Complexities of Constructive Dismissal cases.
Your job still exists and the employer still wants you to continue within its employment, but your employer has changed the job.
These changes may include things like a reduction in compensation or a demotion. It could be things like changing your work hours, criticizing your work performance, technological changes, or forced relocation. The employer is saying: Here are the changes that we are making, we expect you to abide by them, and we expect you to continue your employment with us.
An employer does not have the right to make fundamental changes to the terms of employment. However the employer has some right to exercise management discretion and the employee may have an obligation to stay, despite the fact that he may not like the changes.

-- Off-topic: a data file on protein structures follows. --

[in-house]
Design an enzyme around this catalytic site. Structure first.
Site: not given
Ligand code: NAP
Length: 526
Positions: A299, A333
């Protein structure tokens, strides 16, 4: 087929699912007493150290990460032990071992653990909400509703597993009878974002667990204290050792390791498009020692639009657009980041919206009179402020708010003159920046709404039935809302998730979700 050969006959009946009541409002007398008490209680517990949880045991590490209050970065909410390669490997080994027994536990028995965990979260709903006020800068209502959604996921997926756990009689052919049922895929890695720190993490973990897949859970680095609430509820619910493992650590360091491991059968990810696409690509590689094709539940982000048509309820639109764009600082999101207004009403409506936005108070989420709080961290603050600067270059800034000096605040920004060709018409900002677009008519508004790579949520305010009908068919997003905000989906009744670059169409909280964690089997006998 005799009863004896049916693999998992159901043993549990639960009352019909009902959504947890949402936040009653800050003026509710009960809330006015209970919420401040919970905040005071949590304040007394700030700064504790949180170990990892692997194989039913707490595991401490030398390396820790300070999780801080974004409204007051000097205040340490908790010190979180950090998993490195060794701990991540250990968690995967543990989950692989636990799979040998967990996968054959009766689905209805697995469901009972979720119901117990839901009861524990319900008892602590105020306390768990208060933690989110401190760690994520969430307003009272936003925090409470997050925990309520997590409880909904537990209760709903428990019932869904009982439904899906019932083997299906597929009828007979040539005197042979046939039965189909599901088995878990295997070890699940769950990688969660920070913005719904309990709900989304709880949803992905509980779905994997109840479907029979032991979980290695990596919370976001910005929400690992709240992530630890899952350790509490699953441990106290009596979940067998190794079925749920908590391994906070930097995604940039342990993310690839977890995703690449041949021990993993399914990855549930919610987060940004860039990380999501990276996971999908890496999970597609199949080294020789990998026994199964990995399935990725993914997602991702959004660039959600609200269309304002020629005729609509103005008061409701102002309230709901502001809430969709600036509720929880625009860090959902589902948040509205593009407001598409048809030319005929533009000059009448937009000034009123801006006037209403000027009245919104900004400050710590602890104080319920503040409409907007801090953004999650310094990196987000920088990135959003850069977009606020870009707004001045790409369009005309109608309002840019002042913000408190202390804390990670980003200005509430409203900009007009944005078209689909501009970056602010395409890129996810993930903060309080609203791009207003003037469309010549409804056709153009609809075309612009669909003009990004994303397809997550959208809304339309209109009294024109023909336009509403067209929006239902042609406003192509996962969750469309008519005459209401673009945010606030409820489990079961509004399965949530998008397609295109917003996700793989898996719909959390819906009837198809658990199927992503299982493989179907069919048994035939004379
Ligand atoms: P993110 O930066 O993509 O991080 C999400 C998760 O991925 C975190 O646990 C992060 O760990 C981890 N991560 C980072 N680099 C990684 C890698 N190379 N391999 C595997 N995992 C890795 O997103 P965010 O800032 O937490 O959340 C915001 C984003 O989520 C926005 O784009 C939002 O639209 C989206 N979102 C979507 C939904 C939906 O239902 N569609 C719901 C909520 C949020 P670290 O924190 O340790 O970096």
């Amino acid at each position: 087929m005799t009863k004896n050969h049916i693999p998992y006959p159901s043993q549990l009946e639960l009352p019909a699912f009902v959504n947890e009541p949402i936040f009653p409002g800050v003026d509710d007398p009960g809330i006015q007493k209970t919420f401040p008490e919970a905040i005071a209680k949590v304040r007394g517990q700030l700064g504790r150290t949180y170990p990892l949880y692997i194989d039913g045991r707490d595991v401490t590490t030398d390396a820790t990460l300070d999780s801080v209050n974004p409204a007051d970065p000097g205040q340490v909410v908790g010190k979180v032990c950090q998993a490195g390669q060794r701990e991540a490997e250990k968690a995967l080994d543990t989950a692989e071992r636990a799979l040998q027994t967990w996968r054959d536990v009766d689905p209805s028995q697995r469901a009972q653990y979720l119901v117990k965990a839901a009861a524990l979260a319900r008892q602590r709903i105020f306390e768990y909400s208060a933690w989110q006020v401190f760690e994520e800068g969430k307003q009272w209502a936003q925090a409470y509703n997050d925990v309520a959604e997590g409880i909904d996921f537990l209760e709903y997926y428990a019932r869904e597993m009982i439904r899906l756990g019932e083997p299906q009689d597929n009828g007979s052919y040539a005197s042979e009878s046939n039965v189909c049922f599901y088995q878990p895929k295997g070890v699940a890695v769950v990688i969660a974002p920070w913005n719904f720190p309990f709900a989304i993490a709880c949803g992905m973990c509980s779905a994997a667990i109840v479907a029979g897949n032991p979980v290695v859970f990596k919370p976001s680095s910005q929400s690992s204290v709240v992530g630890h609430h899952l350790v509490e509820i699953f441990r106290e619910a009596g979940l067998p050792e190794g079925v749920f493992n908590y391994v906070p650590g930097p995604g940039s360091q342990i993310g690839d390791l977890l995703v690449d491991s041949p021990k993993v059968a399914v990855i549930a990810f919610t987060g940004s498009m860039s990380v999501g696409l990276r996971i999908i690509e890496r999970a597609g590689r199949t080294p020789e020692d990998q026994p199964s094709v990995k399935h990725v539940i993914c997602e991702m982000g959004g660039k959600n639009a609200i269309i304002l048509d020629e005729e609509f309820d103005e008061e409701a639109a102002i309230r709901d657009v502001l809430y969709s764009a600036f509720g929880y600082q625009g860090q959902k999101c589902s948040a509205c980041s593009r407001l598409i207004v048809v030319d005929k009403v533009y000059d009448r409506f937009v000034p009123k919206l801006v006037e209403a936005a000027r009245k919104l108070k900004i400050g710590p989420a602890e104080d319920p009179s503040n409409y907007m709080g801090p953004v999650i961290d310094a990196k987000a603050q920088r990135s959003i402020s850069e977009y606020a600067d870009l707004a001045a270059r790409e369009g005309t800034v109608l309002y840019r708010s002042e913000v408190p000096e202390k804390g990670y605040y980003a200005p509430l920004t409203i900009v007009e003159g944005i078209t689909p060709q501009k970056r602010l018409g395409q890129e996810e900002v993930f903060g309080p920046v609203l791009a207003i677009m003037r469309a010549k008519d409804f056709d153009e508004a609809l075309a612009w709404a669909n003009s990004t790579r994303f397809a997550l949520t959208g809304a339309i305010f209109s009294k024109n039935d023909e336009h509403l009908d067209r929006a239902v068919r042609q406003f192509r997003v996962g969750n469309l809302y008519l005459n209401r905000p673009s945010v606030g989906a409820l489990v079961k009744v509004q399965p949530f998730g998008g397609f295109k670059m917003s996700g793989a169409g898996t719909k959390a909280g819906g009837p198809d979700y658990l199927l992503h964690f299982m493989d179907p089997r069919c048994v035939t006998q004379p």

These are complicated, technical cases. Unless it is a significant change, the relationship is acrimonious or the work demeaning judges are reluctant to say that the employee has a right to leave the employment of an organization. That is why they describe the term constructive dismissal as being a fundamental change to the terms and conditions of employment. The problem lies in assessing exactly what that means.
The more objective constructive dismissal cases involve reductions in compensation, where the reduction is greater than 10-15 percent. That is a relatively straightforward situation. But the more complicated ones are demotions, or unjust criticism of performance within the workplace. Those cases tend to be more subjective and therefore less straightforward.
If you, or someone you care about, is dealing with employment law issues in the Ottawa, Ontario Region, contact Law Office of Melynda Layton.